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How to use WordPress to run a magazine, news website

This article records steps I took in using WordPress to run an online lifestyle magazine, how I made it more “magazine-like” and less like a blog. Bloggers can also use the guide if they want a different presentation of their blog.

WordPress is a great tool for online writers. It’s simple and yet is such a pleasure to use. Yes, there are things that need to be improved but WordPress being an open source software, you can expect continuous improvements on it by the community.

The ease by which sites can be created and run through blogging software like WordPress allow writers previously without publishers to print their works online. The problem with using a blogging software to manage your website, however, is that the tool defines the character of your site.

Once in a while, I see blogs that seem better off presented as online magazines or news websites rather than as blogs.

WordPress, however, is an extensible website content management system that can be used to run magazine-type websites. Here are steps I took to turn this online magazine on Cebu from a blog into its current presentation. I’m still working on it, though, so you might encounter issues. (Update Jan. 9, 2008: I have redesigned the site. It’s now using an even better theme that I’m still working on. I will be releasing this theme soon.)

For those interested, I will be releasing this theme (based on Nautica05 of Open Source Templates) and in two flavors: one as one-click install blogging template and another as framework for a magazine-type website.

Categories as sections

Like any blog software, WordPress displays articles, regardless of categories, in reverse chronology, with the newest entries posted first. This publication format is what usually bugs site owners who want to produce a magazine website using a blogging software.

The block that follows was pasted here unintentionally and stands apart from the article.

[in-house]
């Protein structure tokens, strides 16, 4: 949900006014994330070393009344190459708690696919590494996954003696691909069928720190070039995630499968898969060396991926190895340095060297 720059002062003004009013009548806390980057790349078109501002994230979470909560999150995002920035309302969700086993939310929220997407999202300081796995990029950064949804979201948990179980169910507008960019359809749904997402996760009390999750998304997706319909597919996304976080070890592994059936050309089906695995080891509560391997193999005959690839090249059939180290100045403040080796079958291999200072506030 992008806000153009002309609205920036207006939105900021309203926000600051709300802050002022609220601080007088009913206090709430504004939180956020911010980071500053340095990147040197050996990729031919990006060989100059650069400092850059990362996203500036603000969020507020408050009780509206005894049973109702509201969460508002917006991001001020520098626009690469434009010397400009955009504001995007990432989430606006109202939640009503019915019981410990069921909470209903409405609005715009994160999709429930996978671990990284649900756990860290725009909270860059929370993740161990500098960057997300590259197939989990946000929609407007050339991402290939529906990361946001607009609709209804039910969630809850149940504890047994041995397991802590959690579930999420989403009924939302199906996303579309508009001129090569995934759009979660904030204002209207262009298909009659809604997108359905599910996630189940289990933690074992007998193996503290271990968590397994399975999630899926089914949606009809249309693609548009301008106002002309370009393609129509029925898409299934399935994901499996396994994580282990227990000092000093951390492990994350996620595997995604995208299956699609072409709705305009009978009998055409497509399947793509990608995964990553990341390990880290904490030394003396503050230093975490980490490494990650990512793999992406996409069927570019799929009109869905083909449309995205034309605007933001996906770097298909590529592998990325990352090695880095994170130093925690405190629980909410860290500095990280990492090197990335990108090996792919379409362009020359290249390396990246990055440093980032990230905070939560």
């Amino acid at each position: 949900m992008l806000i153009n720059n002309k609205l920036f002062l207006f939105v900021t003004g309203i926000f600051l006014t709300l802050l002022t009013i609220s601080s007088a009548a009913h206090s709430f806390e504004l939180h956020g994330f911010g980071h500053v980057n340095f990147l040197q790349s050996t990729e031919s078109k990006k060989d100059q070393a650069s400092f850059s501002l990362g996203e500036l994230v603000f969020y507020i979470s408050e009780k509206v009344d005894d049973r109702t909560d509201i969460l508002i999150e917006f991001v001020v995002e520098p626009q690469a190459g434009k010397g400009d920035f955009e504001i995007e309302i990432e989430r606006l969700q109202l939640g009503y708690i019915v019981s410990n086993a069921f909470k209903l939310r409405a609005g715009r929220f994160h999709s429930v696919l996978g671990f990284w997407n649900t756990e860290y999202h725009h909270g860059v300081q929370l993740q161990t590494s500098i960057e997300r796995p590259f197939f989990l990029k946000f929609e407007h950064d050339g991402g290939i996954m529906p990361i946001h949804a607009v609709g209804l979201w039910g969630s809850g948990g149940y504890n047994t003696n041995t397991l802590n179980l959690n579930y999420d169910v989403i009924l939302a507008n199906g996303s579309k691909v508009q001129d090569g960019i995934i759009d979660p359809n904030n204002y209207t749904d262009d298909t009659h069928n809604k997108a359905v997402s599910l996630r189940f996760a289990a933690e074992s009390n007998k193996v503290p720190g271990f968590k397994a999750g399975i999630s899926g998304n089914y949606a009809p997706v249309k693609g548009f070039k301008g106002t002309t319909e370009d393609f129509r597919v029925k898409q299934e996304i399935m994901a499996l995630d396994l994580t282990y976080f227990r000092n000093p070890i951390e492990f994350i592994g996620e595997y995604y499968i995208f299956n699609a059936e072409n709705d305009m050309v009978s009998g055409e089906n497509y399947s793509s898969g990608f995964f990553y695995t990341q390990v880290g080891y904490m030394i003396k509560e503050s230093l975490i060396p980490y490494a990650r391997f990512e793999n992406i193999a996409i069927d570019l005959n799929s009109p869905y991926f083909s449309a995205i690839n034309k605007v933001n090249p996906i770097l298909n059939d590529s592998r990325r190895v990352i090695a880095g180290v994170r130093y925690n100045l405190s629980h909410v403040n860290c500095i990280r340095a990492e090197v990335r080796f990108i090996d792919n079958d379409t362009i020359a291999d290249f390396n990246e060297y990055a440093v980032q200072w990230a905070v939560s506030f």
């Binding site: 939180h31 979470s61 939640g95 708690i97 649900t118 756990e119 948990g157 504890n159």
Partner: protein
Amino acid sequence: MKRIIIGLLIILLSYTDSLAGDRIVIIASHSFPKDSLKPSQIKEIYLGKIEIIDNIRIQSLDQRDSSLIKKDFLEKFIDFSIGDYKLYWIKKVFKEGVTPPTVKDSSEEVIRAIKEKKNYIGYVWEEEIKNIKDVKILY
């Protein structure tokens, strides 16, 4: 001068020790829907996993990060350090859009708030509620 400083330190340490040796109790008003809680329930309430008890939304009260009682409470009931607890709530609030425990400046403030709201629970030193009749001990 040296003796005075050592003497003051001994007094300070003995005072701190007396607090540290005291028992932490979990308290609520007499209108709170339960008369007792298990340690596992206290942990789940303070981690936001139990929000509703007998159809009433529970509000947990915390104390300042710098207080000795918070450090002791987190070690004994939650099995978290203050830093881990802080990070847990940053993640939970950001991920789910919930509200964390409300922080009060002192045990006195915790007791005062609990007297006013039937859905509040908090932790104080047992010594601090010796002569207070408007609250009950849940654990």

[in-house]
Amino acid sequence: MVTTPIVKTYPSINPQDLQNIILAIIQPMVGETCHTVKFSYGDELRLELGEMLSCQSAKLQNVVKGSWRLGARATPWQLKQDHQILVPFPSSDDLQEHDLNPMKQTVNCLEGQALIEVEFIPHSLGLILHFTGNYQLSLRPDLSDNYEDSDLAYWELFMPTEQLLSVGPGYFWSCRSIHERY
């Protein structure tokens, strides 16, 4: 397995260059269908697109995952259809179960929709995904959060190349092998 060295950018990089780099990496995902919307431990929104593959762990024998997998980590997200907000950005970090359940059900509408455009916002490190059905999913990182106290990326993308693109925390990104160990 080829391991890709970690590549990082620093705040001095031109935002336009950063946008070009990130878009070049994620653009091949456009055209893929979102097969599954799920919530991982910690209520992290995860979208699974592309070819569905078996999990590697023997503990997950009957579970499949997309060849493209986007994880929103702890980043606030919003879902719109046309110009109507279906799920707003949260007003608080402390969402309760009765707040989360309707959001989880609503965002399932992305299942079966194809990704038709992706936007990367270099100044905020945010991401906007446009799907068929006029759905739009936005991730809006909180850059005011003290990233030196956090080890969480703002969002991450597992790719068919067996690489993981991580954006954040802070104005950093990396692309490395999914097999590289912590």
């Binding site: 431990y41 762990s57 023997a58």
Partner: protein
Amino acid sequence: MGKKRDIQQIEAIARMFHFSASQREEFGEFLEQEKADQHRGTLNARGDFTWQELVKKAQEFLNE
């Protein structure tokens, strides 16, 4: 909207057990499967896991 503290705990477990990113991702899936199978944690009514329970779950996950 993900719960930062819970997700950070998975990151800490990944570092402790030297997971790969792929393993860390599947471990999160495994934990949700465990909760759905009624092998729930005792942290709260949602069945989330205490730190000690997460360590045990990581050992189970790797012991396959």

In Cebu Living‘s case, site owners wanted to publish shorter news articles without these posts pushing down feature articles they wanted to highlight. You can, of course, highlight the feature articles by listing it in the sidebar but there’s an even better way of doing this in WordPress–by using categories to manage website sections and then fetching the stories by category in the homepage. (Click on photo to view larger image of how sections are managed in the site.)

What Cebu Living did was assign the biggest story (equivalent to a newspaper’s page 1 banner article) to a Banner category and the articles they want to highlight (to serve as the site’s second, third or fourth story) to a Feature category.

wordpress as magazine cmsTechnically, the banner story should also be in the Feature category since it is a post you want to feature but to prevent it being displayed twice in the homepage (one as banner and another as part of the latest stories section), the banner story isn’t assigned to the Feature category yet. It is only assigned to that category when there is a new banner story. In effect, it becomes the site’s 2nd biggest story and goes down in the news value hierarchy as you add newer banner stories.

Index page as portal

With the stories getting their category assignments, the index.php file is then edited to display articles in blocks of categories. In Cebu Living’s case, the site uses three blocks: one to call the banner, another to display the recent feature stories and the last block to contain news and link posts to articles about Cebu.

To display articles in category blocks, do not use the WordPress loop to generate the articles. Delete The Loop in your index.php starting from: <?php if ( have_posts() ) : while ( have_posts() ) : the_post(); ?> until <?php endwhile; else: ?> <p><?php _e('Sorry, no posts matched your criteria.'); ?></p> <?php endif; ?>

Replace it with category listings using this code by Rhymed Code: